Spiritual differences
by Claude Courvoisier, Nova Scotia, Canada


painting by Claude Courvoisier

Yoga and Zen are two different spiritual experiences entirely, which come from two different religions: Hinduism for Yoga and Buddhism for Zen. In yoga you move, you take different positions, in Zen your body position is the same for hours at a time and the purpose of Zen is to empty the mind totally. Zen is not easy to achieve and used by the Buddhist Monks I have had both experiences but unfortunately not with a great master. Instinctively when I am not “in the mood” I don’t paint. Now I realize that not being in the mood is having distracting or conflicting thoughts. If one can apply either one of these techniques in her/his day to day life it sure will be a great benefit for her/his activities including painting. I just caution that not everybody can do Zen meditation. You must be free of any circulation problems otherwise it can be dangerous to stay in the same position for hours. You can read about Zen meditation at This site is related to storytelling in Zen and Taoism religions. I was lucky enough to read parts of a book on Taoism and appreciate the philosophy of this religion, which obviously is easy to understand for everybody and not destined to an “elite” but to be used by everybody everywhere. Zen meditation is online at This site explains the different Zen teachings including the one teaching in our western society like California. As for yoga, this is my favourite site on Yoga and Hinduism.

Now about me: I think spirituality is at the core of all religions. However, all religions have forgotten this core and fiction seems to have replaced fact. Religion has come to mean ‘blind organized faith’ and has become dogmatic and fundamentalistic in its views. Spirituality is a one-on-one communication with the Divine, without the influence of any organization or a set of dogmatic views. It is based more on personal experiences rather than the experiences of others. While I was born and raised Catholic I will be always a “Spiritual” person but won’t belong anymore to a “dogmatic” religion. This ‘freedom” allows me to be open-minded to any without excluding and to learn more than I could ever dream of if I was part of a dogmatic religion. The only way we can have peace in this world is accepting each other with our differences.


Requires to agonize over painting decisions
by Ron Stacy


by Ron Stacy

I’m pleased for Alar that he enjoys painting again, but I certainly don’t want to stand by and watch what my muse paints on my behalf. Also I don’t want to be free of thought. Even when I pursue the relatively mindless act of being entertained by the TV world, (which is really a medium for delivering commercials geared to consume and other propaganda) my brain insists on being itself. With that in mind, I won’t be handing my Id over to yoga or any other influence in order to take a rest from being. I require to agonize over my painting decisions. I require that I use skills that I have pursued. My paintings are supposed to be an expression by me. I don’t think I’ll be subscribing to painting by yoga, but I’d like to see the results of same. Who knows, I may be all wet!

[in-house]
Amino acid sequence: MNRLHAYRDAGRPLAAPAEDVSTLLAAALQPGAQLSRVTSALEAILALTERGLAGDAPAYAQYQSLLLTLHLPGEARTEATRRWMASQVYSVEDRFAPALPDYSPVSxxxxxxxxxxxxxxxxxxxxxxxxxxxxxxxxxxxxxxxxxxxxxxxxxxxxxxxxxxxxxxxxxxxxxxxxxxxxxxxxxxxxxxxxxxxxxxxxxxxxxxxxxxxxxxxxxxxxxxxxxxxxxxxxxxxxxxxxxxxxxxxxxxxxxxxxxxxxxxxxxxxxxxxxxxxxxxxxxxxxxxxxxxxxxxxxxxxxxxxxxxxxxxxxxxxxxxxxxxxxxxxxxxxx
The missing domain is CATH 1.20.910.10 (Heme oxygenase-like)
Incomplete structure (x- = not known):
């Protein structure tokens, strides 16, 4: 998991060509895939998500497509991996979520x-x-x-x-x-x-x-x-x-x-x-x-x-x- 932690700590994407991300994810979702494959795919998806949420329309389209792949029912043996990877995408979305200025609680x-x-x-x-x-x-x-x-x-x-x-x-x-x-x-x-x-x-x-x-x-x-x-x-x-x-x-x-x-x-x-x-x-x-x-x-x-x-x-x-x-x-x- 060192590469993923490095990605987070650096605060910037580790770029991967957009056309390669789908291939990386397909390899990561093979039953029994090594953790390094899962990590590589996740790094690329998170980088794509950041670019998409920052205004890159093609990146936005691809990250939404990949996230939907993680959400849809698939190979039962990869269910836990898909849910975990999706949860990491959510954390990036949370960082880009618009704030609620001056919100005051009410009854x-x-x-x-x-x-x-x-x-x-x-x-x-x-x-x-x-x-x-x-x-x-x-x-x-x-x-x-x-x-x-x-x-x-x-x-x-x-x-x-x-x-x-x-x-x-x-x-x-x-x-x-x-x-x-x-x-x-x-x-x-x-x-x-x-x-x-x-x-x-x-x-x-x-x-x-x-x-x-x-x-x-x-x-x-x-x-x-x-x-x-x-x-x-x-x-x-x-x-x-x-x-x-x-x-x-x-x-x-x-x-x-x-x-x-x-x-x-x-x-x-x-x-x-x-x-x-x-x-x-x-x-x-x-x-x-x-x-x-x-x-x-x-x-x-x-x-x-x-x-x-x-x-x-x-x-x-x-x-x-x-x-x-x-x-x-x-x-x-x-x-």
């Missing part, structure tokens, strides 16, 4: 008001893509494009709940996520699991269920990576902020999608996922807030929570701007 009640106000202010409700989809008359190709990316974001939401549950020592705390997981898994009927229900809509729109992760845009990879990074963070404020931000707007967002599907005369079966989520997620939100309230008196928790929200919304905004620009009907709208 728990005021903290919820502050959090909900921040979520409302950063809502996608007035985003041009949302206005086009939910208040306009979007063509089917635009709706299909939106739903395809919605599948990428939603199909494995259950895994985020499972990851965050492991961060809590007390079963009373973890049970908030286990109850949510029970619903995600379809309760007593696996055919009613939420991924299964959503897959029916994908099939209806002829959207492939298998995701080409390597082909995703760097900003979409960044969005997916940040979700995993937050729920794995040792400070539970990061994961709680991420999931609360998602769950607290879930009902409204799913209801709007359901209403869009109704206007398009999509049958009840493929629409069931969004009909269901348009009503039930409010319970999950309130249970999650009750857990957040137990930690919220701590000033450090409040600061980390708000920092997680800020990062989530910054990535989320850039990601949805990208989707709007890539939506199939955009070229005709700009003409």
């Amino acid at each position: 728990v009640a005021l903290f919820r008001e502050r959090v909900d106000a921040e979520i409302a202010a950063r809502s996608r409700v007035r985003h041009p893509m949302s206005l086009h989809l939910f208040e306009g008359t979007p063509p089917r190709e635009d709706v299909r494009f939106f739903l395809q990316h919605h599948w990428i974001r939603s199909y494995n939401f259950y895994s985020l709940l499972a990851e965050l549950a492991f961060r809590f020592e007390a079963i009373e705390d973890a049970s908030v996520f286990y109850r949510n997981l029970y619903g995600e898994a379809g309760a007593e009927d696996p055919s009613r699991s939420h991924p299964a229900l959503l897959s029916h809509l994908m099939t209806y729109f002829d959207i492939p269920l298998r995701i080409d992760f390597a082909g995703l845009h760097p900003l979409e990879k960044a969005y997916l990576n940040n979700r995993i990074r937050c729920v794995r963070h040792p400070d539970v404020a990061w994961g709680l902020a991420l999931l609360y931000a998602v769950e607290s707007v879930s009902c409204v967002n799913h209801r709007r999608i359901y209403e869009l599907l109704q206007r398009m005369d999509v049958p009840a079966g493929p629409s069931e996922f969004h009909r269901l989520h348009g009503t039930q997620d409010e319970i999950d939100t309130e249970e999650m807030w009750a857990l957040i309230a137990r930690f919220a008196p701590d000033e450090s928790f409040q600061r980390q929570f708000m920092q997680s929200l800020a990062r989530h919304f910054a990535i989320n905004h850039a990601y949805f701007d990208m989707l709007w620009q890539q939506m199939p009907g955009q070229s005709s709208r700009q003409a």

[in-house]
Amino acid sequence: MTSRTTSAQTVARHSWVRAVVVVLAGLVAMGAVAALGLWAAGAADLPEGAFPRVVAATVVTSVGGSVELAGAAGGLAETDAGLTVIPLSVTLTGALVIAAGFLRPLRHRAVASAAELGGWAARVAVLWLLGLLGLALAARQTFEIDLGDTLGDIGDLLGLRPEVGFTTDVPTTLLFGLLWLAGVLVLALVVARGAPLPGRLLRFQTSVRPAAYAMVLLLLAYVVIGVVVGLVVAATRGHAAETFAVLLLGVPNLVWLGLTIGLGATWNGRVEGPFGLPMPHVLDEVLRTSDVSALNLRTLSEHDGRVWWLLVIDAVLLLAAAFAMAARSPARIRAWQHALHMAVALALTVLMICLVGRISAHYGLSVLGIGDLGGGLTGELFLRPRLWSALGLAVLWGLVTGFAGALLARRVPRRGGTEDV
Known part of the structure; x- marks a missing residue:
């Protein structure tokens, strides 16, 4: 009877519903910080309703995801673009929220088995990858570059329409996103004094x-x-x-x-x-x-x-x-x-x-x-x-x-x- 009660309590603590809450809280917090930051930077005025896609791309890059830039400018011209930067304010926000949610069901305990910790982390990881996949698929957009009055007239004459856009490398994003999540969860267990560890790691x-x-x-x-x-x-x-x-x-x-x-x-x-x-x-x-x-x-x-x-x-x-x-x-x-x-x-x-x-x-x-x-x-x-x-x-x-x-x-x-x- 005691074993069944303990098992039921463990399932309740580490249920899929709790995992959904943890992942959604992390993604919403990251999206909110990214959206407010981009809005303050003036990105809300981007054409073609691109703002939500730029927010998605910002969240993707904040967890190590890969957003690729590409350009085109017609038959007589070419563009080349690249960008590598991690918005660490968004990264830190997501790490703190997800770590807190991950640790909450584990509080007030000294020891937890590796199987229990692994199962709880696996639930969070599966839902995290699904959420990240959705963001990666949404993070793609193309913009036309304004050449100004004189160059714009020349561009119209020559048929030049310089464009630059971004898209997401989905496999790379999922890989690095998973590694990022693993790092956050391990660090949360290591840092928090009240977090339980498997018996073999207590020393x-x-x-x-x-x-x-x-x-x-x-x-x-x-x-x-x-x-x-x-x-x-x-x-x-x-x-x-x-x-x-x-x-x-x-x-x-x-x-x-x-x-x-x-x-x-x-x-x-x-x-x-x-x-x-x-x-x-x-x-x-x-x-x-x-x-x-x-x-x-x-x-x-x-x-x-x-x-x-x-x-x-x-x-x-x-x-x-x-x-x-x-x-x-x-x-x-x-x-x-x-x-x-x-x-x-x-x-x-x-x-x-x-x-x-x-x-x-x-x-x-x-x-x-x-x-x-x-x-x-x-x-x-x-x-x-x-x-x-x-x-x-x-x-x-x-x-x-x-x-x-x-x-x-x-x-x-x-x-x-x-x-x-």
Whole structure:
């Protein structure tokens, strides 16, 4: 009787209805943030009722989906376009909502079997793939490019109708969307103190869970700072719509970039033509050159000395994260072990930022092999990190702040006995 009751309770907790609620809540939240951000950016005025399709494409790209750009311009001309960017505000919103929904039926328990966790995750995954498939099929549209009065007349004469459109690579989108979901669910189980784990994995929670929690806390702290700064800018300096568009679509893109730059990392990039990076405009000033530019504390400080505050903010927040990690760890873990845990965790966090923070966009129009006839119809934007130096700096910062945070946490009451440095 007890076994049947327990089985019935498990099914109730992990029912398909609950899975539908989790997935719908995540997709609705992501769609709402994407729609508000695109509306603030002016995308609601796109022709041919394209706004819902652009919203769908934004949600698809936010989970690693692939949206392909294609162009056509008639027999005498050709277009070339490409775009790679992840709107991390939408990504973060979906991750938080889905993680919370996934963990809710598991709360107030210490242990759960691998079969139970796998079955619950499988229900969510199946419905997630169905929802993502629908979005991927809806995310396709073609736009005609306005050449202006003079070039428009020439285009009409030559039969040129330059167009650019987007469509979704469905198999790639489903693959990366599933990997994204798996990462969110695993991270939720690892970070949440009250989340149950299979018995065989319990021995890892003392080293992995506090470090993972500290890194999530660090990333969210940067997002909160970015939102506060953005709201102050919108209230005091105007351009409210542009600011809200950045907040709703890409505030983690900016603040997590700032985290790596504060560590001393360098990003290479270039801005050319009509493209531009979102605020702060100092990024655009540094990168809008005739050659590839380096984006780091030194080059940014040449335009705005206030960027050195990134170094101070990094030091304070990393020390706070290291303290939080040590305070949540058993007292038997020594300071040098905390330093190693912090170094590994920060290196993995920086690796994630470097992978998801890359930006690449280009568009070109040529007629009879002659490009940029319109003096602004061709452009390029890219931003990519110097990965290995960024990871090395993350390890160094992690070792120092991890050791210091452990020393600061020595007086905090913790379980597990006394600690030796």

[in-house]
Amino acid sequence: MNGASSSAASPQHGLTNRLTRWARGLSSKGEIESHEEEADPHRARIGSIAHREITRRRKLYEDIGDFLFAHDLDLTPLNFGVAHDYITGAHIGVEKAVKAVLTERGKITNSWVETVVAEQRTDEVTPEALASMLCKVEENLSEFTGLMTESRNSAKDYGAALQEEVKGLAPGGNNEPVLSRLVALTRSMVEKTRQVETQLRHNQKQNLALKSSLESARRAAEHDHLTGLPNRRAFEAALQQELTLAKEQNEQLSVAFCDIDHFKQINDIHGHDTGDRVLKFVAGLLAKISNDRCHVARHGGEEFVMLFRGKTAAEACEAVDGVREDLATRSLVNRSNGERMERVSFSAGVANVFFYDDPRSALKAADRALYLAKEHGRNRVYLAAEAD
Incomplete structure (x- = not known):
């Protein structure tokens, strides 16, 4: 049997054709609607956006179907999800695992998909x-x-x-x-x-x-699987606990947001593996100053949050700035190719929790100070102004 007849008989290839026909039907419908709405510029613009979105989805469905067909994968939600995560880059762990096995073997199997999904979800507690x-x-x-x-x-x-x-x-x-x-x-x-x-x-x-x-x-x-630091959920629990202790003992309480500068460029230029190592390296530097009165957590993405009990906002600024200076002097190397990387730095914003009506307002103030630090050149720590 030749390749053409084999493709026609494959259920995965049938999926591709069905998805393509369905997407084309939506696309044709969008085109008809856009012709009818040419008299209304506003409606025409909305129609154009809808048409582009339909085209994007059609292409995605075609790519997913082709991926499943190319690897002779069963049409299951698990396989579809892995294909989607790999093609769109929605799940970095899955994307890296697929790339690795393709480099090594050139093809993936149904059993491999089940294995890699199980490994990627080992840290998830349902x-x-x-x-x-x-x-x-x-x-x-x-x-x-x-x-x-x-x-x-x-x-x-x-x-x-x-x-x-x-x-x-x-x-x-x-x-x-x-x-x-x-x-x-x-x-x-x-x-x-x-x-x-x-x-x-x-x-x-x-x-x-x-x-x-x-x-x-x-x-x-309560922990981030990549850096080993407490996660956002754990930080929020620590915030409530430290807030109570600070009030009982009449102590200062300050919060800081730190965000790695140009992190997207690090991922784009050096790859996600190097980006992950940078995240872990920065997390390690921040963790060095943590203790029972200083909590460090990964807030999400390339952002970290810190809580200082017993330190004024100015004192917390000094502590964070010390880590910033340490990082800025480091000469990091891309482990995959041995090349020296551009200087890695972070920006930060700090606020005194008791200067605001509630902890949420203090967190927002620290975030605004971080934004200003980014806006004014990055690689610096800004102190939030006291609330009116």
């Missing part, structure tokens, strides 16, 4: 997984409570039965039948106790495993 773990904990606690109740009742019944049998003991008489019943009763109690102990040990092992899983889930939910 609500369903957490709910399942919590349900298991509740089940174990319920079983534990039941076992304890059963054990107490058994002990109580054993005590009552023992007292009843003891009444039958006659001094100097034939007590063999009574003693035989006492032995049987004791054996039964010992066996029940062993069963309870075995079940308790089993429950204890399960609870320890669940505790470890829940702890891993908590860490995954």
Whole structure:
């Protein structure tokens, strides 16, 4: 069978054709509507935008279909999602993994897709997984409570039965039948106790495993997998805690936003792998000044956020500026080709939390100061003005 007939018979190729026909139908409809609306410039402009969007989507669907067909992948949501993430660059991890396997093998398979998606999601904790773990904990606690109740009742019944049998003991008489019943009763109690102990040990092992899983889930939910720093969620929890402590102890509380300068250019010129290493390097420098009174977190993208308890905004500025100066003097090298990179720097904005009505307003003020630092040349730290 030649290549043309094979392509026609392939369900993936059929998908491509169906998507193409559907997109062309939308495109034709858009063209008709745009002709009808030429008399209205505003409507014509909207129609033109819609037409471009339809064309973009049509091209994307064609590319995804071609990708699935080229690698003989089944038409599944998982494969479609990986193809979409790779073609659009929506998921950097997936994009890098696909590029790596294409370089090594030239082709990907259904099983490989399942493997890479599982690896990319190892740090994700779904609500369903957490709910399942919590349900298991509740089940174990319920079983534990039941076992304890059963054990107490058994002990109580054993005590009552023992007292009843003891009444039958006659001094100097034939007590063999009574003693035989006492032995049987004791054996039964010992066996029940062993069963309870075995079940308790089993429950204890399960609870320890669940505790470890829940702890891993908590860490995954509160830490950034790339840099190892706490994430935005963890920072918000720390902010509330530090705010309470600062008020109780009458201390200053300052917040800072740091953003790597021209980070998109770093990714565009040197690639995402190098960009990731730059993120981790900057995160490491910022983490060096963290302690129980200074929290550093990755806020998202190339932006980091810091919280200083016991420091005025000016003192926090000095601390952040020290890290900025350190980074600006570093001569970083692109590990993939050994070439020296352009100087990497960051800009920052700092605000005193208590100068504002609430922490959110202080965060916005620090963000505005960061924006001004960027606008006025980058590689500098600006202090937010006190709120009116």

by Suzanne Northcott


by Suzanne Northcott

I, too, am a yoga practitioner, years of ragged practice cobbled together from several different teachers. I also am part of a meditation group. My most recent work has been influenced by this, in spirit and intellectually. I work from impulse, so the work in this group came without an explanation attached. I am trying to represent the interior space I seek to create and hold during yoga or meditation as well as thinking about the possible ability of a painting as an object to “hold a space” for the viewer to have an emotional or contemplative experience. In both cases I would really like to use the painting to open up time a little. The meditation and the yoga and the painting and the living of my life and the thinking about all those things are very wound together and each one definitely informs the other.


by Bonnie Evans

That’s all well and good for someone in a perfect world, but if you start your day with diapers, or lunch making, or laundry, or dirty breakfast dishes — well you get the picture. The rest of us don’t live in a bugless world… and personally I think working to “unclutter” your mind while painting takes you to a deeper place.


by Rose Moon, Sedona, Arizona, USA


by Rose Moon

I’m responding to the letter about enlightenment and art. Since 1965 this has been my path also. When I am not in my studio painting or dealing with art business, I am a student of the Dahnhak Korean Center in Sedona, AZ. Sometimes I am there everyday for meditation, yoga, ki kong, and other mastery skills. It helps to keep me grounded, focused, peaceful, and energetic. One of my art students is the daughter of an enlightened master.




Don’t waste your time
by Walt Evans, Klamath Falls, Oregon, USA


by Walt Evans